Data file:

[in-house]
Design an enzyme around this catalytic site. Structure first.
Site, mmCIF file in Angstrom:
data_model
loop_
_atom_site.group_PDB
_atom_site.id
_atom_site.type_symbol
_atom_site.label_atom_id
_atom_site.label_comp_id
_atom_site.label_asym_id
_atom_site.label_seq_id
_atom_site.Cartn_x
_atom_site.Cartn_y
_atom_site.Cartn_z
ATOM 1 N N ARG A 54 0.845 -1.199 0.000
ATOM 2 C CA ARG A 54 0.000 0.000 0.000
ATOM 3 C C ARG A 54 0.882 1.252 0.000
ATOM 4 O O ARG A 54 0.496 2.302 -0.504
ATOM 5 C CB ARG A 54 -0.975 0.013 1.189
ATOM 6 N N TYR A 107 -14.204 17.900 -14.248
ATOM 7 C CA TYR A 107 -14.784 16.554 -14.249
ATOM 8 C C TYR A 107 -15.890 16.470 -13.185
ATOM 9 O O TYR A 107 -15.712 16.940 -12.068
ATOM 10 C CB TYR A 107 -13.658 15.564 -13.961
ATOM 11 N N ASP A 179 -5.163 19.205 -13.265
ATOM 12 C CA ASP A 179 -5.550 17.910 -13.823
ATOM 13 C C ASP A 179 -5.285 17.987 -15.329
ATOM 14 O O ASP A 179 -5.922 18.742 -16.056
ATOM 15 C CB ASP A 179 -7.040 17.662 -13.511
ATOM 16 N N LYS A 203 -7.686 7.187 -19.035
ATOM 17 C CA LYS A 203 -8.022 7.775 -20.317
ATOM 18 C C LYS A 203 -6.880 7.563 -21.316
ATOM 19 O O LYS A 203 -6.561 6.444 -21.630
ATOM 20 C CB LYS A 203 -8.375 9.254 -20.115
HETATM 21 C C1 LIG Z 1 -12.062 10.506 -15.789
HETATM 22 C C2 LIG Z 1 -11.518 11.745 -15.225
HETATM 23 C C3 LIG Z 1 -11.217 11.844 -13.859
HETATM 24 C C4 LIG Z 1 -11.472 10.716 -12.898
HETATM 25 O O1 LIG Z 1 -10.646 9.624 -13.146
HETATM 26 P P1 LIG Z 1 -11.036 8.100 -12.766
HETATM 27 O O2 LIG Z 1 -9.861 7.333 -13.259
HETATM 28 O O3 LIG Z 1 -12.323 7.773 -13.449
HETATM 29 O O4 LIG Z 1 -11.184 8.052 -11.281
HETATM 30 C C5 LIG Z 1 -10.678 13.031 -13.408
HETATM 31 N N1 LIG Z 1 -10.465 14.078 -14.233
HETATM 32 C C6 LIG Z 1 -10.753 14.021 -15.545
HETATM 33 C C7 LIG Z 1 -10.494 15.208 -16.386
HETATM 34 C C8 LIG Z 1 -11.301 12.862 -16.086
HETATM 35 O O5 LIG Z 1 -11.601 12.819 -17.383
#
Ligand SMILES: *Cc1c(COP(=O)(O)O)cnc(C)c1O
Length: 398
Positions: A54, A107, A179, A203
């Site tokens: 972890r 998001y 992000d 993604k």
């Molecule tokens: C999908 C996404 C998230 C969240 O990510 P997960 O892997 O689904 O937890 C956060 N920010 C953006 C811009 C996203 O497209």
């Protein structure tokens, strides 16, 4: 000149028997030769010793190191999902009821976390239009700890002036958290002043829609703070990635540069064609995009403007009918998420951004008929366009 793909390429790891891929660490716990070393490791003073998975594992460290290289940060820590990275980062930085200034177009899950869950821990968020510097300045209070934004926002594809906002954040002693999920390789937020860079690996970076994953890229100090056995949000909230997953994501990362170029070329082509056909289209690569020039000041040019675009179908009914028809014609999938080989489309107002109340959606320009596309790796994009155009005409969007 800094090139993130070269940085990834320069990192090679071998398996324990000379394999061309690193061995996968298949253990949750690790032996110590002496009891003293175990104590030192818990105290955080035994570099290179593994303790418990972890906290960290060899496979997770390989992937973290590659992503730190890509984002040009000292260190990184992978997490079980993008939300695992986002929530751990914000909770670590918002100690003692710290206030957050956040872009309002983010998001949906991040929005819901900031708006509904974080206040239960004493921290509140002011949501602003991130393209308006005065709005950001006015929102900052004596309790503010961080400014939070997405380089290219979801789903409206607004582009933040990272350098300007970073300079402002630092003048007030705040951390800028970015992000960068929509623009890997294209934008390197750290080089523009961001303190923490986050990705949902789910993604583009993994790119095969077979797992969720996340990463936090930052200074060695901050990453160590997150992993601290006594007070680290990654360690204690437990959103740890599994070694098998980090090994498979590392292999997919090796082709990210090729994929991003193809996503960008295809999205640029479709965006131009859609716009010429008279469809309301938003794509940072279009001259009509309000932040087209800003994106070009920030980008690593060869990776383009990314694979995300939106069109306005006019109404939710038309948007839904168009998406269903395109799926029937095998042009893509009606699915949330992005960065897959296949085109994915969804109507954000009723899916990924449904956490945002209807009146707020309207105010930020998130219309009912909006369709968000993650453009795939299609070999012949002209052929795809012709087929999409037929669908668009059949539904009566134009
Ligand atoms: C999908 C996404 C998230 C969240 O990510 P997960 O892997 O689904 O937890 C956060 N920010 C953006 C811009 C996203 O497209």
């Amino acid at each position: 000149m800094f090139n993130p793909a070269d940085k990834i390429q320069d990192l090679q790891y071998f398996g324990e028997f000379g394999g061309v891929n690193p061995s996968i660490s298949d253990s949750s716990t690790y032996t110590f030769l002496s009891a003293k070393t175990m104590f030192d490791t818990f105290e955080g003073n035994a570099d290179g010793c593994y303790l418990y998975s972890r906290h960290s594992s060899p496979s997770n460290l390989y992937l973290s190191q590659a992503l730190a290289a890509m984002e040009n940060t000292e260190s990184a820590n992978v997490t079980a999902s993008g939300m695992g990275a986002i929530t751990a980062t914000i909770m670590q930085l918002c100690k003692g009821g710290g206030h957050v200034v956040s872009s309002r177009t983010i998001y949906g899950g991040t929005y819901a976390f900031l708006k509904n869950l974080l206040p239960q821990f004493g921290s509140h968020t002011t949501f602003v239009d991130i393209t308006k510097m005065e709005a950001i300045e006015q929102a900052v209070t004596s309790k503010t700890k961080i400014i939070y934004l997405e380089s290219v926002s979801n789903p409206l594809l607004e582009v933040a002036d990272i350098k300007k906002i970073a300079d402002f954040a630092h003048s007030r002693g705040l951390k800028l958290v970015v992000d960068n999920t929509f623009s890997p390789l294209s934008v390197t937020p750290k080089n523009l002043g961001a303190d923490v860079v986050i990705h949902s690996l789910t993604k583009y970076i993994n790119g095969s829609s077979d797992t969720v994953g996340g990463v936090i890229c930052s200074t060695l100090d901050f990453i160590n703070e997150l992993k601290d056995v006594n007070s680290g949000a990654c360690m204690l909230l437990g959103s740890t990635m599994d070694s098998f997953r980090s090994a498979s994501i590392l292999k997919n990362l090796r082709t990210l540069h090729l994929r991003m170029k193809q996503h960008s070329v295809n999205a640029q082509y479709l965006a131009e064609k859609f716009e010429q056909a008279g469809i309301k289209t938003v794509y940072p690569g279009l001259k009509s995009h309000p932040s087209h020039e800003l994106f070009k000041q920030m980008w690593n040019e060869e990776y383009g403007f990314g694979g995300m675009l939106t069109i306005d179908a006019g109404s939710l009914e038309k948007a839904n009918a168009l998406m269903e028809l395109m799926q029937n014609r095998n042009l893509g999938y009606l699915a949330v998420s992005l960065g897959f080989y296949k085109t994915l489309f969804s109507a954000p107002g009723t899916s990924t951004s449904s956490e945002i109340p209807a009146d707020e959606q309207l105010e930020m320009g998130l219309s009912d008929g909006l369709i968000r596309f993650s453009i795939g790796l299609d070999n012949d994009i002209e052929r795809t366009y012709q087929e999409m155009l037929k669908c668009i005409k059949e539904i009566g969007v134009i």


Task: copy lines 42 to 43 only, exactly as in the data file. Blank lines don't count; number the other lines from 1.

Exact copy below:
HETATM 27 O O2 LIG Z 1 -9.861 7.333 -13.259
HETATM 28 O O3 LIG Z 1 -12.323 7.773 -13.449